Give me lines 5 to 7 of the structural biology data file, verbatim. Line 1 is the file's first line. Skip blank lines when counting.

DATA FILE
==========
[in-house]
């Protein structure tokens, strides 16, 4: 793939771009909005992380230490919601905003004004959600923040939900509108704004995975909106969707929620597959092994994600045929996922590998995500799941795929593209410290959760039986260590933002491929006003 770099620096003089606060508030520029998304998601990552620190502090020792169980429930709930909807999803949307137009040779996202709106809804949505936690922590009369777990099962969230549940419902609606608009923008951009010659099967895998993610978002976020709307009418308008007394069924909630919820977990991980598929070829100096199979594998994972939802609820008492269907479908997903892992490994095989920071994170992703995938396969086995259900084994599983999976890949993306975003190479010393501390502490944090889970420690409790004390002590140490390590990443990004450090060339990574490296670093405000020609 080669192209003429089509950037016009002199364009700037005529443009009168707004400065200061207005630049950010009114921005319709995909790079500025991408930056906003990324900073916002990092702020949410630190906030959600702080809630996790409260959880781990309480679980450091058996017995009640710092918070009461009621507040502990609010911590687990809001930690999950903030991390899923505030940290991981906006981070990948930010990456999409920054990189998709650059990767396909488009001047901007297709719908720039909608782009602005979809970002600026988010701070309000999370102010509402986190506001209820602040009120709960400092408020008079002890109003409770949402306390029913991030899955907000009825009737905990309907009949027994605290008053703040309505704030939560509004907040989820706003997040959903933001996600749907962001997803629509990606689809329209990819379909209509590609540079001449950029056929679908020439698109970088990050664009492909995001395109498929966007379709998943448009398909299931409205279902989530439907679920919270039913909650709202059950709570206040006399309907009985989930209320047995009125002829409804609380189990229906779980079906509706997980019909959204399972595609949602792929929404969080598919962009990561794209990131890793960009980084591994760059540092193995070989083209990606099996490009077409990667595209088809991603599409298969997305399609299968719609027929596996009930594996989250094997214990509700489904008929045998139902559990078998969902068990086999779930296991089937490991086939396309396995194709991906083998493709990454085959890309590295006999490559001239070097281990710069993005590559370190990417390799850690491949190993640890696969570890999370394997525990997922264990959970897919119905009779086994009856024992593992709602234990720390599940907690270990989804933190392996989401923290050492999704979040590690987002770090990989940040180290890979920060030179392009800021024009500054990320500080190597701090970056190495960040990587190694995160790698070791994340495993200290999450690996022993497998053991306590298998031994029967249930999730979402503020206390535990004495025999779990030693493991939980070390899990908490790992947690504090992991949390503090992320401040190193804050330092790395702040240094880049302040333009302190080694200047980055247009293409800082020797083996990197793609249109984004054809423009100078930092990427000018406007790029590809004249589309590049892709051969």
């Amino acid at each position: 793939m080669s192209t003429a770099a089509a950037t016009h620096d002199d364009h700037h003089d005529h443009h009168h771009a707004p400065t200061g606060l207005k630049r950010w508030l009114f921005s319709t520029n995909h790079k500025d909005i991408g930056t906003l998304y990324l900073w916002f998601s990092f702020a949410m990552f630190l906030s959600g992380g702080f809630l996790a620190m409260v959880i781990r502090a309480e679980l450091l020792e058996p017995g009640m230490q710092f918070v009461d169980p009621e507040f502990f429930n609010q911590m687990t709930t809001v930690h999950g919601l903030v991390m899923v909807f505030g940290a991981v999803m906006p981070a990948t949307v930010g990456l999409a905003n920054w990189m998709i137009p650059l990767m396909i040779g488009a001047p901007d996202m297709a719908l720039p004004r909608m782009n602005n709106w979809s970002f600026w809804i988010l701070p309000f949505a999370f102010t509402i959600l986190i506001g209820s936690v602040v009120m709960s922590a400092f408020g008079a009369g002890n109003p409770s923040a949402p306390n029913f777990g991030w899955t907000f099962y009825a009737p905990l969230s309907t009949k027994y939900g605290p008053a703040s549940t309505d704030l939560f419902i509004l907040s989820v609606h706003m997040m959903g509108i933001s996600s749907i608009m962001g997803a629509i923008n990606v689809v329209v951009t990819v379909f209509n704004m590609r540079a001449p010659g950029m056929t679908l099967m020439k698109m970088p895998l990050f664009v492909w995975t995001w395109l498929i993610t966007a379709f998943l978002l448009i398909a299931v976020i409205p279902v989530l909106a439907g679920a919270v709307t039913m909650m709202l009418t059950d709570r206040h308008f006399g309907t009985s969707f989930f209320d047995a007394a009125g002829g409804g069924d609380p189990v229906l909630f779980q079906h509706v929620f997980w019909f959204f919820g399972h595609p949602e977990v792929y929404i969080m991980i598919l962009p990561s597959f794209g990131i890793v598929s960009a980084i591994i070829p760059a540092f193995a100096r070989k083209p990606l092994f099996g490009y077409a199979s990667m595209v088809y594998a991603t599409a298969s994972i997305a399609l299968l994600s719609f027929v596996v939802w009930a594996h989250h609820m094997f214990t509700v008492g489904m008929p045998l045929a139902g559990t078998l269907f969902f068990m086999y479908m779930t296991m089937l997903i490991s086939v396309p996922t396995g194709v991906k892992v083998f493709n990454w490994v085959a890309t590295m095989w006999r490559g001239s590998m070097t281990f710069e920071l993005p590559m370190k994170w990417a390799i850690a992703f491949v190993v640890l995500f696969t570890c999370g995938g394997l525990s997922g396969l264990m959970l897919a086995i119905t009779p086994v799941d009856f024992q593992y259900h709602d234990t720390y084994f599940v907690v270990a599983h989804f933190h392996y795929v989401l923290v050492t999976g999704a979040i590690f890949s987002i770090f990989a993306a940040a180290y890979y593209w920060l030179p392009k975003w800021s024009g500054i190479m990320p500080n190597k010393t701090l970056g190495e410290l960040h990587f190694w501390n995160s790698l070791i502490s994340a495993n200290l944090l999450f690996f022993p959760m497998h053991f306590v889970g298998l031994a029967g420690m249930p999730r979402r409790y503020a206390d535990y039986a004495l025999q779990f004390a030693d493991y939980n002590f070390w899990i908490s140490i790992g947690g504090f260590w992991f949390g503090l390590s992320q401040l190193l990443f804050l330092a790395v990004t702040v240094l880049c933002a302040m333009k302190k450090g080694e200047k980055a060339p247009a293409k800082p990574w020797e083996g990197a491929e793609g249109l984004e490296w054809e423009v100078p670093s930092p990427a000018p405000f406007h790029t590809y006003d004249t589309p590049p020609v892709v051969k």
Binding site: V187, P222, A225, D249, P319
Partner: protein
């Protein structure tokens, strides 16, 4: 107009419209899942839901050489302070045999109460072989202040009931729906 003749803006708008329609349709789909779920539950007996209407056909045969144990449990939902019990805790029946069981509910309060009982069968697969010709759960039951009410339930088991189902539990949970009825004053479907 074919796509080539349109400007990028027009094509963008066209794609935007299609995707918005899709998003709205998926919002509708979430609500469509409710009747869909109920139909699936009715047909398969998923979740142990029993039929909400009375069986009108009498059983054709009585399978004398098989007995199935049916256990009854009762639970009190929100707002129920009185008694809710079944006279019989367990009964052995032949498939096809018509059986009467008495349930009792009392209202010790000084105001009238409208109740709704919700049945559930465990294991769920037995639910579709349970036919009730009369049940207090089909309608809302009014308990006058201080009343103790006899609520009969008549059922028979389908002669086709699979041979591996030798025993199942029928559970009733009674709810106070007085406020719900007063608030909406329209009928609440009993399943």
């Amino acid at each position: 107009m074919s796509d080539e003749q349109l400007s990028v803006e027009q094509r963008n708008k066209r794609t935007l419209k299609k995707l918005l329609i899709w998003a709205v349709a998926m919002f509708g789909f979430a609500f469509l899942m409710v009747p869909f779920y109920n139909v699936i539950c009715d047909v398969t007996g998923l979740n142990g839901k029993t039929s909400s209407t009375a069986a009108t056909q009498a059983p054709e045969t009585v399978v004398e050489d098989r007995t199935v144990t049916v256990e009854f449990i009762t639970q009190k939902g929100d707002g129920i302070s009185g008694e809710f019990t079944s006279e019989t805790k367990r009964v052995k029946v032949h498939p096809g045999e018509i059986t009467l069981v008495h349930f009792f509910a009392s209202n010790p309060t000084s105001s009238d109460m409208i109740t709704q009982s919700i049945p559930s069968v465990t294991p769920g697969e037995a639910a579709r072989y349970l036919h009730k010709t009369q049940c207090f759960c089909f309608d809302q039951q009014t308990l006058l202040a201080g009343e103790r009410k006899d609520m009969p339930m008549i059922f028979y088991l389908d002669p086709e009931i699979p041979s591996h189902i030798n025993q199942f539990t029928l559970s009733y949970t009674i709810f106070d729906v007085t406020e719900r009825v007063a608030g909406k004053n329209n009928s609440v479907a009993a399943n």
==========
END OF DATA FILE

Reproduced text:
Partner: protein
């Protein structure tokens, strides 16, 4: 107009419209899942839901050489302070045999109460072989202040009931729906 003749803006708008329609349709789909779920539950007996209407056909045969144990449990939902019990805790029946069981509910309060009982069968697969010709759960039951009410339930088991189902539990949970009825004053479907 074919796509080539349109400007990028027009094509963008066209794609935007299609995707918005899709998003709205998926919002509708979430609500469509409710009747869909109920139909699936009715047909398969998923979740142990029993039929909400009375069986009108009498059983054709009585399978004398098989007995199935049916256990009854009762639970009190929100707002129920009185008694809710079944006279019989367990009964052995032949498939096809018509059986009467008495349930009792009392209202010790000084105001009238409208109740709704919700049945559930465990294991769920037995639910579709349970036919009730009369049940207090089909309608809302009014308990006058201080009343103790006899609520009969008549059922028979389908002669086709699979041979591996030798025993199942029928559970009733009674709810106070007085406020719900007063608030909406329209009928609440009993399943």
């Amino acid at each position: 107009m074919s796509d080539e003749q349109l400007s990028v803006e027009q094509r963008n708008k066209r794609t935007l419209k299609k995707l918005l329609i899709w998003a709205v349709a998926m919002f509708g789909f979430a609500f469509l899942m409710v009747p869909f779920y109920n139909v699936i539950c009715d047909v398969t007996g998923l979740n142990g839901k029993t039929s909400s209407t009375a069986a009108t056909q009498a059983p054709e045969t009585v399978v004398e050489d098989r007995t199935v144990t049916v256990e009854f449990i009762t639970q009190k939902g929100d707002g129920i302070s009185g008694e809710f019990t079944s006279e019989t805790k367990r009964v052995k029946v032949h498939p096809g045999e018509i059986t009467l069981v008495h349930f009792f509910a009392s209202n010790p309060t000084s105001s009238d109460m409208i109740t709704q009982s919700i049945p559930s069968v465990t294991p769920g697969e037995a639910a579709r072989y349970l036919h009730k010709t009369q049940c207090f759960c089909f309608d809302q039951q009014t308990l006058l202040a201080g009343e103790r009410k006899d609520m009969p339930m008549i059922f028979y088991l389908d002669p086709e009931i699979p041979s591996h189902i030798n025993q199942f539990t029928l559970s009733y949970t009674i709810f106070d729906v007085t406020e719900r009825v007063a608030g909406k004053n329209n009928s609440v479907a009993a399943n």